By editorial board • 

Little-known gubernatorial contender earns debate spot

Move over, Republican challenger Knute Buehler. You’ve no one but yourself to blame for falling 237 votes short of managing to bookend the GOP gubernatorial nomination with that of the Independent Party of Oregon.

Double for you, Democratic incumbent Kate Brown. That’s what happens when you limp in 3,131 votes behind Patrick Starnes, a Brownsville cabinetmaker who spent $3,900 on his campaign — the kind of sum you burn through before breakfast.

Because the IPO earned major party status three years ago, it appears you’re going to have to make room on the debate stage for rival candidate Starnes, whose previous forays into elective politics were limited to local school board and educational service district positions.

As the IPO notes, Oregon law makes it almost impossible for media outlets and nonprofit civic groups to exclude a major party candidate from any debates they sponsor. They can exclude candidates from the Pacific Green, Libertarian, Progressive and Working Families parties, but not the IPO — at least not without potentially serious consequences.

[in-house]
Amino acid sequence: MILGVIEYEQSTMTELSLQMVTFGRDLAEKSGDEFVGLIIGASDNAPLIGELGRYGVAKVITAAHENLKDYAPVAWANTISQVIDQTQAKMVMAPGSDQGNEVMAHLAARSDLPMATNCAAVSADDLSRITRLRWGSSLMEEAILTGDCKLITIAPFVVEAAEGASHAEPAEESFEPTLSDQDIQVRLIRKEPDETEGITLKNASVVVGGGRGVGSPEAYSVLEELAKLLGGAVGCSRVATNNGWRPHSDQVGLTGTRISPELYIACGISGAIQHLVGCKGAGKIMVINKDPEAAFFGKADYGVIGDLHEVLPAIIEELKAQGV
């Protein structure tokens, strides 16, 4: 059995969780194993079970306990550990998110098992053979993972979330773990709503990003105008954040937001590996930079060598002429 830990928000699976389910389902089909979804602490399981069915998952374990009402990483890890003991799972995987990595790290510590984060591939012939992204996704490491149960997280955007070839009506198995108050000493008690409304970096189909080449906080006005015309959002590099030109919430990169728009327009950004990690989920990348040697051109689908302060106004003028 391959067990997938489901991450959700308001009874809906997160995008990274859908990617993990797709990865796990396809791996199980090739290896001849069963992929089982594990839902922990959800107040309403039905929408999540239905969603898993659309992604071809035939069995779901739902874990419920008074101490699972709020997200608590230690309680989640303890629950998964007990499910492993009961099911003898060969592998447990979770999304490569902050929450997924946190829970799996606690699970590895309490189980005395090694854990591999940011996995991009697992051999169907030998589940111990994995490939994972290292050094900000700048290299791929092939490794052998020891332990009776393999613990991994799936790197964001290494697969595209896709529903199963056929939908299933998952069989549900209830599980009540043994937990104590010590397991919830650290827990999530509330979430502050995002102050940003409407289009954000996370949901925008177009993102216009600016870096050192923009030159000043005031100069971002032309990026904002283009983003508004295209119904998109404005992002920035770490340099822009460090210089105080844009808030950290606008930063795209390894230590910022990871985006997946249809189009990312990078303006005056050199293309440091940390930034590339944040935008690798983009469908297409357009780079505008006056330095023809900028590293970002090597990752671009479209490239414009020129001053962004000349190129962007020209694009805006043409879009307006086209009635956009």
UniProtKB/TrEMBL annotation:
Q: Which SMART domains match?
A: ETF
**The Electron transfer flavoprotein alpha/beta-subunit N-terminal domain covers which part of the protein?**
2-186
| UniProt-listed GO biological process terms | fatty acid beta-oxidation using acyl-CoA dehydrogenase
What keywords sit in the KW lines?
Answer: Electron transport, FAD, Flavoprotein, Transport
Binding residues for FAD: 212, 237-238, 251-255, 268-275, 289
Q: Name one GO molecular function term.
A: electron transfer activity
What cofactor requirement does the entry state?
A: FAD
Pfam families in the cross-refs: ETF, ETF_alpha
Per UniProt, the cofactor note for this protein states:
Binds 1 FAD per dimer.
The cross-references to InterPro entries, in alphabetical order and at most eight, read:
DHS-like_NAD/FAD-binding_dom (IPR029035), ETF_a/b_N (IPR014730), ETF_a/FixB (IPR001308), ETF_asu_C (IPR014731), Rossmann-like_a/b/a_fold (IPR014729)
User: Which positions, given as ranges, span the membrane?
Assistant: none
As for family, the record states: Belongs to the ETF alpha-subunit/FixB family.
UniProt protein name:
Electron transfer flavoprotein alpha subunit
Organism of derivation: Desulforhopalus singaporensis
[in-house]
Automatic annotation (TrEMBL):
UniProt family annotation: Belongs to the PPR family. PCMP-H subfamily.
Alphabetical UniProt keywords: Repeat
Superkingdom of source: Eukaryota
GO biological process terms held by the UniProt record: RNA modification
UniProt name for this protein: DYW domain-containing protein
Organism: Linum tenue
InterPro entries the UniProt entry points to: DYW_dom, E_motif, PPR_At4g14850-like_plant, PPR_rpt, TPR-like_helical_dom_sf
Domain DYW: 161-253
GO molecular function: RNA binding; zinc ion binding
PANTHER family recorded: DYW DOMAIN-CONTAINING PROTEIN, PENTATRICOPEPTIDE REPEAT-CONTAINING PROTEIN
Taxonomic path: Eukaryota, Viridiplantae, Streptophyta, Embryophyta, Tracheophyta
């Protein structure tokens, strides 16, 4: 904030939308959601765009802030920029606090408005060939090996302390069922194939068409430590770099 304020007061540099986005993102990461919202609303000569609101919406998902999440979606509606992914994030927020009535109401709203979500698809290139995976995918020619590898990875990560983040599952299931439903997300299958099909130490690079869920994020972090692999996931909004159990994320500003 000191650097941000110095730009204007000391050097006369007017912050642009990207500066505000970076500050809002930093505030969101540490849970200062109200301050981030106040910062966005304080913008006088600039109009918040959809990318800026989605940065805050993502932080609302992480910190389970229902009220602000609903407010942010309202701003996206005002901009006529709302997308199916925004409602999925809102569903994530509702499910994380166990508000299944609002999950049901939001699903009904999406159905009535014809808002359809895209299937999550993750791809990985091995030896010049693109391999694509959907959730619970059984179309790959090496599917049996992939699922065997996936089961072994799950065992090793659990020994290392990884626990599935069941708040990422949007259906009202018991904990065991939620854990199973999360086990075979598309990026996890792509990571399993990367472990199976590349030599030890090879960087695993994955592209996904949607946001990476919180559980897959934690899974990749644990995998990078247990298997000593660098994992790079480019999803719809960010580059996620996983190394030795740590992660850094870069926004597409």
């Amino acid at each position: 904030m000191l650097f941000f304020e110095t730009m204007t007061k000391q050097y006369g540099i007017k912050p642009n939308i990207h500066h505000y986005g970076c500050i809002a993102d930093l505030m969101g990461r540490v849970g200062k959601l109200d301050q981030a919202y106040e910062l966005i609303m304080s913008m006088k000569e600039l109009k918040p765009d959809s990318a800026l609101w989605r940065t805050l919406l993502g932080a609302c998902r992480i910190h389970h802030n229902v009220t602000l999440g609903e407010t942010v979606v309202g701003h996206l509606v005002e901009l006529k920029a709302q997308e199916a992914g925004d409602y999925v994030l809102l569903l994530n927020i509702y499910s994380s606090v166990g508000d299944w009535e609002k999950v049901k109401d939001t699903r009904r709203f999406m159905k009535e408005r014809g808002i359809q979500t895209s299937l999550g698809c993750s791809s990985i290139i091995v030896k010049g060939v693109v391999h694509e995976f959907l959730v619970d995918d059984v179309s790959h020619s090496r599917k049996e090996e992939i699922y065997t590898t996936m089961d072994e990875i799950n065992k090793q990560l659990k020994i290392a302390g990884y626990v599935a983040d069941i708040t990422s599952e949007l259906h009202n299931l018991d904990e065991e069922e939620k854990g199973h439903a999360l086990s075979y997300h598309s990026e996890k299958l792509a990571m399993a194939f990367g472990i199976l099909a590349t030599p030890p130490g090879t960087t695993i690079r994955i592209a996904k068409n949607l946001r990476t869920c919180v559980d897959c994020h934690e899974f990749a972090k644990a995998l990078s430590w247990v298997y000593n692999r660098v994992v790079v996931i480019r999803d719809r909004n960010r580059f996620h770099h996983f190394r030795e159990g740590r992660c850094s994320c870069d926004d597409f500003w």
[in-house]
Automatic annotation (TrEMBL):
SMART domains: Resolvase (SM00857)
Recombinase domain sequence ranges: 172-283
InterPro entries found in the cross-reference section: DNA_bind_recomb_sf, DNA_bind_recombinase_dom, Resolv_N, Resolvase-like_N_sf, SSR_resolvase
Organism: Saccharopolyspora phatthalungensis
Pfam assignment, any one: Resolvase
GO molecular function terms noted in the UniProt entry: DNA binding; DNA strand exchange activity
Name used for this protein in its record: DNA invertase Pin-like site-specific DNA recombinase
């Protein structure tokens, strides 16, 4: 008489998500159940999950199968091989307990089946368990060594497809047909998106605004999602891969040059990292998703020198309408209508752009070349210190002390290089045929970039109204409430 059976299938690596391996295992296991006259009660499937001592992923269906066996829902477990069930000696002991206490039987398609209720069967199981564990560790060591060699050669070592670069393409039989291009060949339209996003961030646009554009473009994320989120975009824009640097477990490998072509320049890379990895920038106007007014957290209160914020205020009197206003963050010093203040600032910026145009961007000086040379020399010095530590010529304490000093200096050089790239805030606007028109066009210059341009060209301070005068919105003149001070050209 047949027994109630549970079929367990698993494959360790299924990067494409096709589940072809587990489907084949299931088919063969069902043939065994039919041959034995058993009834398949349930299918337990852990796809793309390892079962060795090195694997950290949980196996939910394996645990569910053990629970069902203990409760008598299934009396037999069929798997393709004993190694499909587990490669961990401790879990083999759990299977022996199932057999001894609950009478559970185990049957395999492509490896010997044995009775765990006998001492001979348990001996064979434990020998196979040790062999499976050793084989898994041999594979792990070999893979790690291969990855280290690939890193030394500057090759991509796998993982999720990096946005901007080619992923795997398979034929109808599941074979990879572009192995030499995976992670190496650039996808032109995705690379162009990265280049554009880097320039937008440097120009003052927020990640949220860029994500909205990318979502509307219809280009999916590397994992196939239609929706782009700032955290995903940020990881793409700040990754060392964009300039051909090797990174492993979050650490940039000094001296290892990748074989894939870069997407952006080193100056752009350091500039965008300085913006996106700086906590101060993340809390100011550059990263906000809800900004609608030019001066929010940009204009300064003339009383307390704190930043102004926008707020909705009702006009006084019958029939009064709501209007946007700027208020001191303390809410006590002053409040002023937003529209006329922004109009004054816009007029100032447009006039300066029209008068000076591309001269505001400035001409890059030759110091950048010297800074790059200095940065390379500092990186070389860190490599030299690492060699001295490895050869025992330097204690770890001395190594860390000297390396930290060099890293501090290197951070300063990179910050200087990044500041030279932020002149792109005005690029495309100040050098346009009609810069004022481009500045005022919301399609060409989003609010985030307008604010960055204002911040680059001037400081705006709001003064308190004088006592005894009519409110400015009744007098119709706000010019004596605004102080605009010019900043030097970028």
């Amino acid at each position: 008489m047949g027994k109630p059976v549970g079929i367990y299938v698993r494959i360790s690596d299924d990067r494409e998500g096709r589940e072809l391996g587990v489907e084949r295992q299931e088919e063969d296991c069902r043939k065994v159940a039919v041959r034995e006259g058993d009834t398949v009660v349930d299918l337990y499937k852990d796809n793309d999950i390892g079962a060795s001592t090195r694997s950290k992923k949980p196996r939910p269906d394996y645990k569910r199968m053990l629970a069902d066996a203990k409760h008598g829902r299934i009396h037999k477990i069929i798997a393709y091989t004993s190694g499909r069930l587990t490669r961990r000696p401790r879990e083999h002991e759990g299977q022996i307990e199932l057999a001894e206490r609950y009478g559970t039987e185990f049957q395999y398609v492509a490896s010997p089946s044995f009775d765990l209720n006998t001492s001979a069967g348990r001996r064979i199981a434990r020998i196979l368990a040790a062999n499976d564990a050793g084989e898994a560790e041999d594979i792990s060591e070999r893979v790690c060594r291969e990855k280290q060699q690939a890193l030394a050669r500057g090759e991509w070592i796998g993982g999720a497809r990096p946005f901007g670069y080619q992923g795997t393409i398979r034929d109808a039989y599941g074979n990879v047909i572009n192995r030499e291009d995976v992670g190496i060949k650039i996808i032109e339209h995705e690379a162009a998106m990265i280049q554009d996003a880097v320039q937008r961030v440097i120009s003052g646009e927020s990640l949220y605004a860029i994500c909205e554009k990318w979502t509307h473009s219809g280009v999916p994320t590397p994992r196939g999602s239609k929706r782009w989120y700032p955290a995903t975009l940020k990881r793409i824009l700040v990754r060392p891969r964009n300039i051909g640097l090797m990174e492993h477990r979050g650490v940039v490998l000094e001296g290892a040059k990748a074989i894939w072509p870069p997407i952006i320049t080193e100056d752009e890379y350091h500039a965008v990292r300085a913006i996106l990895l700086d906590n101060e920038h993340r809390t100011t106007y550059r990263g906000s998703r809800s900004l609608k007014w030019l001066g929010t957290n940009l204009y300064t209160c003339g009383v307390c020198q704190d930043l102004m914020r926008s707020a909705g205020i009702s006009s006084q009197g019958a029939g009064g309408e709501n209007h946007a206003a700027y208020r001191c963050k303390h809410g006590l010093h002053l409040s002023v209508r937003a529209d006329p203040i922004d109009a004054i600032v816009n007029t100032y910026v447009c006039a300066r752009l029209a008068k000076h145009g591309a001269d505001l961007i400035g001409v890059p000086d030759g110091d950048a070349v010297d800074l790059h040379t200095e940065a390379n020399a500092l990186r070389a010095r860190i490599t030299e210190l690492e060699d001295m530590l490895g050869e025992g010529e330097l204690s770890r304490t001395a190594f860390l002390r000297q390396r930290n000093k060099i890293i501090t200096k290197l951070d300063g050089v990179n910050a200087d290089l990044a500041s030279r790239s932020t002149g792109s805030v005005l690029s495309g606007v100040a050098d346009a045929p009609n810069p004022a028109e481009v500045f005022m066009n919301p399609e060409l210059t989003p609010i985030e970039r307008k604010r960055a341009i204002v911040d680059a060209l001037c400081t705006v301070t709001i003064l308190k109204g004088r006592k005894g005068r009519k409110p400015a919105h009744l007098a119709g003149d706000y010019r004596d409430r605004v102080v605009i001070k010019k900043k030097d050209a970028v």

The obstacle is, sponsors engaging in selective invitations are deemed to have made reportable campaign contributions to the recipients. That’s something the IRS forbids for charitable and educational nonprofits and the FCC prohibits for media outlets.

And the IPO warns, “Our party intends to pursue all state and federal remedies available to us to ensure our candidate’s participation in these debates.”

There are some types of potential sponsors not subject to either IRS or FCC constraints. However, Oregon law still requires them to report their expenses as selective campaign contributions, which subjects them to a wave of unwelcome scrutiny.

We weren’t enamored of the crowded clown-car debates the Republican Party staged in the countdown to the 2016 presidential election.

But three’s the kind of crowd we can live with. In fact, we think it might be refreshing to hear a political novice offer some innovative and independent policy proposals not connected to Oregon’s powerful labor or business lobbies.

Starnes is making campaign finance reform a centerpiece. That’s something we have long championed as an antidote to the strident special-interest partisanship permeating American politics today.

And because he’s free of dependence on Big Business and Big Labor to fund a multimillion-dollar campaign, he’s also permitted to take more centrist and nuanced positions on a wide range of traditional issues in Oregon politics.

Pass the popcorn. Let the show begin.

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